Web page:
Healthy Culture Needs Healthy Artists, says new society

from left to right: Dr. Steven Miller, Dr. Bronwen Ackermann, Dr. Paul Duff, Dr. John Hadok, Dr. Mark Seton, Dr. Jonathan Levesey, Ms. Diana Devitt-Dawson, Dr. Peter Bragge, Dr. Debra Shirley, Ms. Jan Cullis, Dr. Dwight Dowda

An exciting new health organization has been launched to promote better health management for performing artists.

The Australian Society for Performing Arts Healthcare (ASPAH) (www.aspah.org.au) brings together health professionals, educators and performing artists to address the healthcare needs of Australian performing artists. Their aim is to establish a culture of lifelong preventative healthcare and safety practices in the performing arts.

Its inaugural president, Dr. Bronwen Ackermann, believes that this is a desperately needed initiative in the performing arts sector. "There are studies which suggest that acute and chronic injury rates for professional dancers run at over 50%." she said. "Other studies have suggested similar injury rates in professional musicians and even amongst dance and music students.”1-3,4,5

Dr Ackermann went on to say, "A 50% injury rate for a professional sports team would be front page news in Australia. Professional athletes have teams of health workers, and even a specialist national institute, which recognise the importance of good health in optimising performance. This is not true for performing artists.We need to bring about a cultural change in the performing arts so that health concerns are not held in complete disregard because ‘the show must go on!"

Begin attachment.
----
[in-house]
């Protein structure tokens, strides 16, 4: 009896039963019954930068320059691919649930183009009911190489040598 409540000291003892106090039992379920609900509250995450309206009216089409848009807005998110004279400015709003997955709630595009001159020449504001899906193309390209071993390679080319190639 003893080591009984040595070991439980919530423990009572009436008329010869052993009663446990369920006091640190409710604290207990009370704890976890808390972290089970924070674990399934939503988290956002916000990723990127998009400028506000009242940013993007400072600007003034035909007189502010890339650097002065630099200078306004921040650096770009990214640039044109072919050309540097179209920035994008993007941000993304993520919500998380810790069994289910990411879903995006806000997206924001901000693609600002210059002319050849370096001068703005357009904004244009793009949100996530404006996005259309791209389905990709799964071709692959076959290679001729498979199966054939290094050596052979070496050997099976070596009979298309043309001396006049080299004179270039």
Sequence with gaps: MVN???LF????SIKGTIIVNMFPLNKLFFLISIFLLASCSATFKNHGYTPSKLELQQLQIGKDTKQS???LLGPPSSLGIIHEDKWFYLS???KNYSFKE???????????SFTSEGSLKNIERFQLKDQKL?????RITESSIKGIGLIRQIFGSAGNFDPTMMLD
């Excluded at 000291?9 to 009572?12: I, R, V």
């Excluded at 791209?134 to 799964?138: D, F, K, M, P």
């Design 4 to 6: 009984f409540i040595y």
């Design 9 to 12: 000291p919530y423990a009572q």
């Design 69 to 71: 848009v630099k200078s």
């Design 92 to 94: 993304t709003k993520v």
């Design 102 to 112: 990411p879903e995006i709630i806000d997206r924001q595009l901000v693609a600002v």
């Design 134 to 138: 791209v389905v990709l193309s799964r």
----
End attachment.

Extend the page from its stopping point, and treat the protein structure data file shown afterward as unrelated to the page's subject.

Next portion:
The Australian Society for Performing Arts Health Care was formed in Sydney on the 25th of November 2006. Eleven health and performing arts professionals met to discuss their shared vision for the future of healthcare for performing artists in Australia. The meeting was triggered by an attempt to hold a performing arts medicine symposium in Mackay, Queensland in August 2006, as part of the Regional Arts Conference "Pacific Edge." The symposium didn’t eventuate, but the enthusiasm and momentum from that effort continued, and stimulated the formation of ASPAH. In the wake of the Mackay Symposium, one of its co-conveners and most of the keynote speakers, recognising the need for a coordinating body to support healthcare for the performing arts, decided to keep moving forward. They were inspired by a number of international bodies, in particular the Performing Arts Medicine Association based in the USA, and became determined to establish a uniquely Australian organisation.

"All performers, young and old, amateur and professional, have unique healthcare needs,” said Dr. Ackermann. "Young dancers with stress fractures, musicians with hand injuries, or actors with performance anxiety issues have problems which are often not answered by standard models of health care.We believe that if Australia values its rich culture of performing arts then it must start looking after its performing artists - ASPAH plans to make this happen," said Dr Ackermann.

All enquiries to Dr Bronwen Ackermann at B.Ackermann@usyd.edu.au


  1. Geeves, T; SAFE DANCE I. Published by Ausdance, 1990
  2. Bejjani, F. J., Kaye, G. M., and Benham, M. 1996. Musculoskeletal and neuromuscular conditions of instrumental musicians. Arch. Phys. Med. Rehab. 77: 406–413.
  3. Christine Zaza, PhD; Playing-related musculoskeletal disorders in musicians: a systematic review of incidence and prevalence CMAJ • APR. 21, 1998; 158 (8) 1019-1025
  4. Geeves, T; SAFE DANCE II – A study of pre-professional dance training in Australia, Published by Ausdance, 1997.
  5. Fry HJH, Rowley GL. Music related upper limb pain in schoolchildren. Ann Rheum Dis 1989;48:998-1002.